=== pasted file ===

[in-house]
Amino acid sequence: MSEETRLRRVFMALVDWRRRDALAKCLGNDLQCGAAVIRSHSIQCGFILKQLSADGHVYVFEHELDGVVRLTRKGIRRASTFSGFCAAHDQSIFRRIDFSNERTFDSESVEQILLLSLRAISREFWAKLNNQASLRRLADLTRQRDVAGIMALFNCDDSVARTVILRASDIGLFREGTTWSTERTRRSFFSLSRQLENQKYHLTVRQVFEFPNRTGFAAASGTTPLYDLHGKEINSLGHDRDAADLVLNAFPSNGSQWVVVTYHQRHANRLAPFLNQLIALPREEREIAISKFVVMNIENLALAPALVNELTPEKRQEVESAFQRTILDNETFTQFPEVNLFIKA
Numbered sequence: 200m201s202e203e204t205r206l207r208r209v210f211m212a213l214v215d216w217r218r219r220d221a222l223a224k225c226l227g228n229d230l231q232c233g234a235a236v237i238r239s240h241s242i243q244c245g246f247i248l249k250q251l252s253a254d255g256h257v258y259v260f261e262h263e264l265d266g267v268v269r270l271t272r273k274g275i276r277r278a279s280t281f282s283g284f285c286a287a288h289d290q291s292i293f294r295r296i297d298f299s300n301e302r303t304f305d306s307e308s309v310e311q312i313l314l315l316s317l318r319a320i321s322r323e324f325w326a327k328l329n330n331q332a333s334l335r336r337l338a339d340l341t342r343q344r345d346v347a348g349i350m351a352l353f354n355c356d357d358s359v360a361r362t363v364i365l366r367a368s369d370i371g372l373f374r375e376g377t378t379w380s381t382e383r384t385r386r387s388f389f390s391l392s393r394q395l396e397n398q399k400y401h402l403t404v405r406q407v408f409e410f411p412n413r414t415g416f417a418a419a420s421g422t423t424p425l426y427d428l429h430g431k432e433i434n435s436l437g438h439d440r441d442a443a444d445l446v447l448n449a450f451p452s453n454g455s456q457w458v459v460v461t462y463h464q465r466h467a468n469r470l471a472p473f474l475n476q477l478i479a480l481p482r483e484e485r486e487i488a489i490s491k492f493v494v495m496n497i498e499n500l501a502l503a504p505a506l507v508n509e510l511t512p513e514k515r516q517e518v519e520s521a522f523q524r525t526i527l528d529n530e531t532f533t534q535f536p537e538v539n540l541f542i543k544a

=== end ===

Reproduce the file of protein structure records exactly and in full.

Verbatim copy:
[in-house]
Amino acid sequence: MSEETRLRRVFMALVDWRRRDALAKCLGNDLQCGAAVIRSHSIQCGFILKQLSADGHVYVFEHELDGVVRLTRKGIRRASTFSGFCAAHDQSIFRRIDFSNERTFDSESVEQILLLSLRAISREFWAKLNNQASLRRLADLTRQRDVAGIMALFNCDDSVARTVILRASDIGLFREGTTWSTERTRRSFFSLSRQLENQKYHLTVRQVFEFPNRTGFAAASGTTPLYDLHGKEINSLGHDRDAADLVLNAFPSNGSQWVVVTYHQRHANRLAPFLNQLIALPREEREIAISKFVVMNIENLALAPALVNELTPEKRQEVESAFQRTILDNETFTQFPEVNLFIKA
Numbered sequence: 200m201s202e203e204t205r206l207r208r209v210f211m212a213l214v215d216w217r218r219r220d221a222l223a224k225c226l227g228n229d230l231q232c233g234a235a236v237i238r239s240h241s242i243q244c245g246f247i248l249k250q251l252s253a254d255g256h257v258y259v260f261e262h263e264l265d266g267v268v269r270l271t272r273k274g275i276r277r278a279s280t281f282s283g284f285c286a287a288h289d290q291s292i293f294r295r296i297d298f299s300n301e302r303t304f305d306s307e308s309v310e311q312i313l314l315l316s317l318r319a320i321s322r323e324f325w326a327k328l329n330n331q332a333s334l335r336r337l338a339d340l341t342r343q344r345d346v347a348g349i350m351a352l353f354n355c356d357d358s359v360a361r362t363v364i365l366r367a368s369d370i371g372l373f374r375e376g377t378t379w380s381t382e383r384t385r386r387s388f389f390s391l392s393r394q395l396e397n398q399k400y401h402l403t404v405r406q407v408f409e410f411p412n413r414t415g416f417a418a419a420s421g422t423t424p425l426y427d428l429h430g431k432e433i434n435s436l437g438h439d440r441d442a443a444d445l446v447l448n449a450f451p452s453n454g455s456q457w458v459v460v461t462y463h464q465r466h467a468n469r470l471a472p473f474l475n476q477l478i479a480l481p482r483e484e485r486e487i488a489i490s491k492f493v494v495m496n497i498e499n500l501a502l503a504p505a506l507v508n509e510l511t512p513e514k515r516q517e518v519e520s521a522f523q524r525t526i527l528d529n530e531t532f533t534q535f536p537e538v539n540l541f542i543k544a